City hosts Black His­tory Month ex­hibit

Ex­plore the past, cul­ture through art

The Covington News - - Local news - By Jenny Thompson

Cov­ing­ton Mayor Kim Carter pro­claimed the month of Fe­bru­ary as Black His­tory Month at the open­ing of the month-long 2008 Black His­tory Art Ex­hibit lo­cated at City Hall.

“Each year dur­ing Black His­tory Month, all Amer­i­cans are en­cour­aged to re­flect upon and ex­plore the his­tory and cul­ture of black Amer­i­cans,” Carter said, “in or­der that we may dis­cover anew and never for­get this great trea­sure of his­tory about the tri­umph of hu­man will and spirit.”

City Coun­cil mem­bers Ocie Franklin, Hawnethia Wil­liams and Janet Good­man also at­tended the ex­hibit open­ing.

“We have three of the best lo­cal African-Amer­i­can his­to­ri­ans in town in our coun­cil mem­bers,” Carter said.

The art­work dis­played in the lobby of City Hall was cre­ated by lo­cal black artists Ernie Call­away and Mary Thompson.

Call­away has brought his large clay heads to the dis­play for six years. Each year the heads, which each take ap­prox­i­mately 160 hours to make, are dif­fer­ent.

“Once I start on one it’s just there,” Call­away said. “It’s like ther­apy.”

Each has dif­fer­ent fea­tures, glazes, tex­tures or col­ors.

“I look at peo­ple and I see their fea­tures,” Call­away said, “and then I just bor­row parts.”

For this year’s ex­hibit, he also carved a head out of a block of 800-year-old wood that once served as a beam in a barn.

Call­away first be­gan sculpt­ing in 1983 when he was a cus­to­dian at Mercer Univer­sity in Ma­con. An art stu­dent had dis­posed of a large chunk of clay and Call­away took it into a closet and made his first sculp­ture.

Upon see­ing his affin­ity with clay, Mercer art pro­fes­sors al­lowed him to sit in on classes.

Last year Call­away also be­gan mak­ing neck­laces out of fallen deer antlers. He placed a neck­lace on each of the six heads in the ex­hibit.

“That way it’s some­thing be­ing used and the an­i­mal is not hurt,” Call­away said.

For a sec­ond year, he brought al­most twenty hand-carved canes and walk­ing sticks to the ex­hibit. He first made one for a wo­man in Ma­con who re­quested his crafts­man­ship.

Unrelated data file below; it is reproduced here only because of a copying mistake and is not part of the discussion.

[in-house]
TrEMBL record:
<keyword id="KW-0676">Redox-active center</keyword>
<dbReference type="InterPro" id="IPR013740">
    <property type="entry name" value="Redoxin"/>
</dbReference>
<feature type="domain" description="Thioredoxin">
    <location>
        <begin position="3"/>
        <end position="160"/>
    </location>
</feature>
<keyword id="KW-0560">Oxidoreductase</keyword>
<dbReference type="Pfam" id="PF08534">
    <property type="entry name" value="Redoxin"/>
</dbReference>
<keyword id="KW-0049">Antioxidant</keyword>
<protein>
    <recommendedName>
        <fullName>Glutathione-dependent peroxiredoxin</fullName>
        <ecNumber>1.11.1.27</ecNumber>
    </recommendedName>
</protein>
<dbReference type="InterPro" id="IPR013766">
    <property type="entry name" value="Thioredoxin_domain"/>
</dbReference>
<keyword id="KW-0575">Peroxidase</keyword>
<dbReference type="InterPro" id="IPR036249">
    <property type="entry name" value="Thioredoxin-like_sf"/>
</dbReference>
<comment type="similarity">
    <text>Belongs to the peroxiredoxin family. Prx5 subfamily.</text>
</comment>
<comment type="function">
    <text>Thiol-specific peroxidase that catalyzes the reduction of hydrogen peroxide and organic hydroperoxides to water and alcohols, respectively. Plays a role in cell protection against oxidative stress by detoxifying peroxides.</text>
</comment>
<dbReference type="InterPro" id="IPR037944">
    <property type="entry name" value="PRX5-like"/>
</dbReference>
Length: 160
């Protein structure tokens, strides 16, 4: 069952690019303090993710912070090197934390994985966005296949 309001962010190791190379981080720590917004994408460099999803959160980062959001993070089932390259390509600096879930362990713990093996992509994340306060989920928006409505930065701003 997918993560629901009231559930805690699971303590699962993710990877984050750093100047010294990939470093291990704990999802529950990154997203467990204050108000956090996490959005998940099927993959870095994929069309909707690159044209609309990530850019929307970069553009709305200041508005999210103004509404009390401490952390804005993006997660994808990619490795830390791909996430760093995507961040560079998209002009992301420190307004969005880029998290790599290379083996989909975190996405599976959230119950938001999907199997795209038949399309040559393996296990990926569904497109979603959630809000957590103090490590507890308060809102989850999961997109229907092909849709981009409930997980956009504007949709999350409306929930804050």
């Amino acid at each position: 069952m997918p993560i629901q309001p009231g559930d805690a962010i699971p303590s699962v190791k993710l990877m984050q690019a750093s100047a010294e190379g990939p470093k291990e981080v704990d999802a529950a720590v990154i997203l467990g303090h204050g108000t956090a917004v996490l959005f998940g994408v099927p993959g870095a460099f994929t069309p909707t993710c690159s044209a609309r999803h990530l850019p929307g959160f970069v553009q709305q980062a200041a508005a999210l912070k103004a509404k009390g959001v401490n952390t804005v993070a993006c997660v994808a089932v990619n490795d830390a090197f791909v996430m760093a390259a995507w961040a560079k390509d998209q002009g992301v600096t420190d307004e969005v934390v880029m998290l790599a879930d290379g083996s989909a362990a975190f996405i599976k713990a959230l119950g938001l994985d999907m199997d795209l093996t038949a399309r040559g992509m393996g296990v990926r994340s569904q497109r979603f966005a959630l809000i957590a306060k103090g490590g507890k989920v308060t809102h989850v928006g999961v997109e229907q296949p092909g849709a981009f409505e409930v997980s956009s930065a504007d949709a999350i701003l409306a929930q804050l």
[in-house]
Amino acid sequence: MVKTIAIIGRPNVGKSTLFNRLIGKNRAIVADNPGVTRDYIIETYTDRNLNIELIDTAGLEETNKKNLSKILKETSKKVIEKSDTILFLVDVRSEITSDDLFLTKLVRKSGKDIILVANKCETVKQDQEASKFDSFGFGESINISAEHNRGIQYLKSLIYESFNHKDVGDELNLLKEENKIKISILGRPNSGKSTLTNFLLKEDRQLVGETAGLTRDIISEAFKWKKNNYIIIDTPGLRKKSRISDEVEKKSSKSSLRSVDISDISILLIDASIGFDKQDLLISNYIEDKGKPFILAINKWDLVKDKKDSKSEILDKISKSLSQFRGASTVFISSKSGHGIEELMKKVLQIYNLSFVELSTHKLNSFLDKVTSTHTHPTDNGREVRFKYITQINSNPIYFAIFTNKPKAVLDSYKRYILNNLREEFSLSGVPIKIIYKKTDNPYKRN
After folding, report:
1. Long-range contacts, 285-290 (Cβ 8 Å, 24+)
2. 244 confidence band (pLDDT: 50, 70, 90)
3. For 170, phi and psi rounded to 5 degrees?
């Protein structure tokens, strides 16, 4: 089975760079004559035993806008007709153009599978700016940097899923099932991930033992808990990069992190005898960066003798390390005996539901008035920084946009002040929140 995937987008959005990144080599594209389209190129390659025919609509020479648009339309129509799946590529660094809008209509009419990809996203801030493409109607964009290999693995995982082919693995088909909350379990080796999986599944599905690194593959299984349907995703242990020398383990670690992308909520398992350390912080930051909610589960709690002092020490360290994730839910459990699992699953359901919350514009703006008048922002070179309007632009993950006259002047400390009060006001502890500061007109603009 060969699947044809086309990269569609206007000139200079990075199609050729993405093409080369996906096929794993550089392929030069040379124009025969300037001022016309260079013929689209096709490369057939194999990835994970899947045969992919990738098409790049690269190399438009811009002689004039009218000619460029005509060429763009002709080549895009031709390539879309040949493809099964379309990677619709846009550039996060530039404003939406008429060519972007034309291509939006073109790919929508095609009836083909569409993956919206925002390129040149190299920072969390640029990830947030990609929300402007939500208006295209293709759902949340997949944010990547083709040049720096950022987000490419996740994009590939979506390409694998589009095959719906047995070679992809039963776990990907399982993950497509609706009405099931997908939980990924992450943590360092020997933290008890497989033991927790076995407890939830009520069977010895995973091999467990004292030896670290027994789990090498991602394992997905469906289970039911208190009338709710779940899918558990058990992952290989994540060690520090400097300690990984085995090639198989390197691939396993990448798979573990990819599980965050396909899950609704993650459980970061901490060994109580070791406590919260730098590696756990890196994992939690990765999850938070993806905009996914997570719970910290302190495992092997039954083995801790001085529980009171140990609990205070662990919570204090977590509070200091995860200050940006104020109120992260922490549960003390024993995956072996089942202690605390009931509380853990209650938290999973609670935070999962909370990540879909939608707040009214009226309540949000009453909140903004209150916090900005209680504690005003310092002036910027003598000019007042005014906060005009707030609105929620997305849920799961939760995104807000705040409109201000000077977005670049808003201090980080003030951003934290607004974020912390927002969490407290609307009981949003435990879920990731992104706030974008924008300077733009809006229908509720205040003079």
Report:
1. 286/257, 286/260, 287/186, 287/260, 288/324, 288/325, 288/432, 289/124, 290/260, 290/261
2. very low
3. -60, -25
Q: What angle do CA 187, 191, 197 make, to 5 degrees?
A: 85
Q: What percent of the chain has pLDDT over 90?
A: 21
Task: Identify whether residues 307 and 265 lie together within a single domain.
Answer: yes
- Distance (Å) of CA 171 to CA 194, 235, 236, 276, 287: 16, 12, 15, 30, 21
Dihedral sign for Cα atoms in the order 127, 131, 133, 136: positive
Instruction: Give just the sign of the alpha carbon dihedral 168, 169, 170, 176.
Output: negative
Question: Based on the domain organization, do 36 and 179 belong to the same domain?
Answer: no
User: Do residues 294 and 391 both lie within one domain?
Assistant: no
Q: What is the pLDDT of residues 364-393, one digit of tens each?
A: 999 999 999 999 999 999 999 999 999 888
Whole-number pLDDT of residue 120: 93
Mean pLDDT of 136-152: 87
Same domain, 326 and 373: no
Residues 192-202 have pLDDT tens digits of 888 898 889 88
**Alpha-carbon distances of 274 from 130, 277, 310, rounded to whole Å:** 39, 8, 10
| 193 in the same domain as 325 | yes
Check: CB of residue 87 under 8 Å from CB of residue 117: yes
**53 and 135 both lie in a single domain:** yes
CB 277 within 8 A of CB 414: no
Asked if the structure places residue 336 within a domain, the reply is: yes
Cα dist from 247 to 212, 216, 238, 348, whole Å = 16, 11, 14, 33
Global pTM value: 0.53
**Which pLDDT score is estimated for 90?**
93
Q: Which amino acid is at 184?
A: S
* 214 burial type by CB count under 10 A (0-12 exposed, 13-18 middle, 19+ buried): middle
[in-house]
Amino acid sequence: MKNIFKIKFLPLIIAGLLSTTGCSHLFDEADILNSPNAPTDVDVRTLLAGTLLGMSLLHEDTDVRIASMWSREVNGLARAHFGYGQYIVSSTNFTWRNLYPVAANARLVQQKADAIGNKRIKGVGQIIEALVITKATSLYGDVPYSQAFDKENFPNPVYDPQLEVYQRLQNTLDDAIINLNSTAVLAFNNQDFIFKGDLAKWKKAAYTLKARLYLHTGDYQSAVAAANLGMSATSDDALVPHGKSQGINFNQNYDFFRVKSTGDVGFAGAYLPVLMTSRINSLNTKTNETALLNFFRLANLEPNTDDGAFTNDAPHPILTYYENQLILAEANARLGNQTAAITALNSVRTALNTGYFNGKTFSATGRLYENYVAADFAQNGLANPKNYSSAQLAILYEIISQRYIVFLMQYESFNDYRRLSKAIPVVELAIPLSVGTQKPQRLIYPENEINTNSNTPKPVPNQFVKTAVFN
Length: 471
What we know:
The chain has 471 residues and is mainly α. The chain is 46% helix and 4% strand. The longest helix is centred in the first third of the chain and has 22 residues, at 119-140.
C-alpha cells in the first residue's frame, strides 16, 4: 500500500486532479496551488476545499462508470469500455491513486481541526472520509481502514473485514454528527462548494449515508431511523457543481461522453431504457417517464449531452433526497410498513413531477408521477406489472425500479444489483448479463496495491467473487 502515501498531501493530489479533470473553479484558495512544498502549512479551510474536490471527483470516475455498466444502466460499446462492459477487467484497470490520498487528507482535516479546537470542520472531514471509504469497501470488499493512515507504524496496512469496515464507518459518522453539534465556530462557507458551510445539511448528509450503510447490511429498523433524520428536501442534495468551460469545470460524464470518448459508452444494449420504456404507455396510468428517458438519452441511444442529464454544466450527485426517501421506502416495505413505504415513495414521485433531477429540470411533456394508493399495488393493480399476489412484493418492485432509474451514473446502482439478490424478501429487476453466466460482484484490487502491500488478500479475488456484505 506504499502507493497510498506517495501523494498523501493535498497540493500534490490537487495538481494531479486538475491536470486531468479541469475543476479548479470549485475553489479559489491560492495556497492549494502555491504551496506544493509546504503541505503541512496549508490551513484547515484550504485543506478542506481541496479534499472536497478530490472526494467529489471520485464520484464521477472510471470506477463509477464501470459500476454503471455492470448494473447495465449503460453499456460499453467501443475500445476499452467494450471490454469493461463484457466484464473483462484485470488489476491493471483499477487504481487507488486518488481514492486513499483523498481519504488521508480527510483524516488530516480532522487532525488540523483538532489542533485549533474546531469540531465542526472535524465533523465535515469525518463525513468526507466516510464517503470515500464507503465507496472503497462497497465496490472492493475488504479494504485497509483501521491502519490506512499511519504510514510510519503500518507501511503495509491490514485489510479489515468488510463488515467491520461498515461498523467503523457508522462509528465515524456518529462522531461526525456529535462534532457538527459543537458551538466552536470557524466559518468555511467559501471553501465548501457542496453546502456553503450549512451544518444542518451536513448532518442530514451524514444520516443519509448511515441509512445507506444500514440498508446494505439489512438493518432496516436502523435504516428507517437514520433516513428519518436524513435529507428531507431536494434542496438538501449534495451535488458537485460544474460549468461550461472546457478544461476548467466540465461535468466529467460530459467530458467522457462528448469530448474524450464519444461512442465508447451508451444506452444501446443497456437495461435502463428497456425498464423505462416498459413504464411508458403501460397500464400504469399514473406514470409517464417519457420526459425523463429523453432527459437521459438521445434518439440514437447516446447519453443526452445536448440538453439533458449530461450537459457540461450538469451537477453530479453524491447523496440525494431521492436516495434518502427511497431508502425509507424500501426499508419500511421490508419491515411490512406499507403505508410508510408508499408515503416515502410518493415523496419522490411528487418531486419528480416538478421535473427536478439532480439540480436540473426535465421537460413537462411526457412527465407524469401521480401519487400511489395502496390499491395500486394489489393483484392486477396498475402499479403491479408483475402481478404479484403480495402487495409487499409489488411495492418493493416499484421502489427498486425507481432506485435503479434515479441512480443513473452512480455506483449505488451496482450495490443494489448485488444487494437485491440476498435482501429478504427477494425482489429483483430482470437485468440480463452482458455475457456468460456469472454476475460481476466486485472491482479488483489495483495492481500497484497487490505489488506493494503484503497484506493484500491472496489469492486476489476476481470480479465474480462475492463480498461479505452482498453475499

“I said ‘I’ve never made one,’” Call­away said, “and she said ‘but you can.’”

Af­ter mulling her words over and over in his head, he fi­nally made one for her. To­day he has carved more than 100.

“Na­ture’s al­ready done the art,” Call­away said. “I just need to mod­ify what’s al­ready there.”

Mary Thompson has long been a col­lec­tor of his­tor­i­cal items.

This year, her fourth dis­play­ing her items, she de­cided to make themed col­lages of her pho­to­graphs and mag­a­zine clip­pings. Some of the themes in­clude jazz, blues, North­ern Mi­gra­tion, the bar­ber shop, slav­ery, Re­con­struc­tion and sports.

Thompson be­gan show­ing her his­tor­i­cal items af­ter help­ing her son with a black his­tory project for school. Sev­eral teach­ers wanted her to come to their class to ex­plain the in­for­ma­tion pre­sented in the project.

“I knew that I had to con­tinue be­cause I had so much stuff,” Thompson said. “I felt like it needed to be seen by more peo­ple than me.”

She said she en­joys shar­ing her col­lec­tion with oth­ers and thinks retelling sto­ries of the past is highly im­por­tant to form­ing a cul­ture’s iden­tity and to fu­ture progress.

To­mor­row she will give a black his­tory pre­sen­ta­tion at 7 p.m. at the New­ton County Li­brary where she will walk at­ten­dees from Africa to 2008.

“Even if I didn’t open my mouth, my ex­hibit tells a story,” Thompson said.

Call­away agreed with Thompson that ev­ery­one needs to be will­ing to ed­u­cate younger gen­er­a­tions on what hap­pened be­fore they ar­rived.

Carter thanked Call­away and Thompson for tire­lessly giv­ing sup­port to the preser­va­tion of lo­cal black his­tory.

“The City of Cov­ing­ton de­sires to rec­og­nize the ded­i­cated and of­ten un­told ef­forts of black men and women ev­ery­where,” Carter said, “for their con­tri­bu­tions to­ward the cre­ation of the healthy, di­verse and cul­tur­ally rich Amer­i­can way of life that we all en­joy to­day.”

Mandi Singer/The Cov­ing­ton News

To­geth­erl: Just mo­ments af­ter Cov­ing­ton Mayor Kim Carter signed a Black His­tory Month Procla­ma­tion Thurs­day af­ter­noon, Cov­ing­ton City Coun­cil mem­bers gath­ered with the artists fea­tured in the Black His­tory Month Dis­play at the Cov­ing­ton City Hall. Pic­tured are Coun­cil­woman Ocie Franklin, left, artist Ernie Call­away, Coun­cil­woman Hawnethia Wil­liams, Carter, artist/his­to­rian Mary Thompson and Coun­cil­woman Janet Good­man.

Newspapers in English

Newspapers from USA

© PressReader. All rights reserved.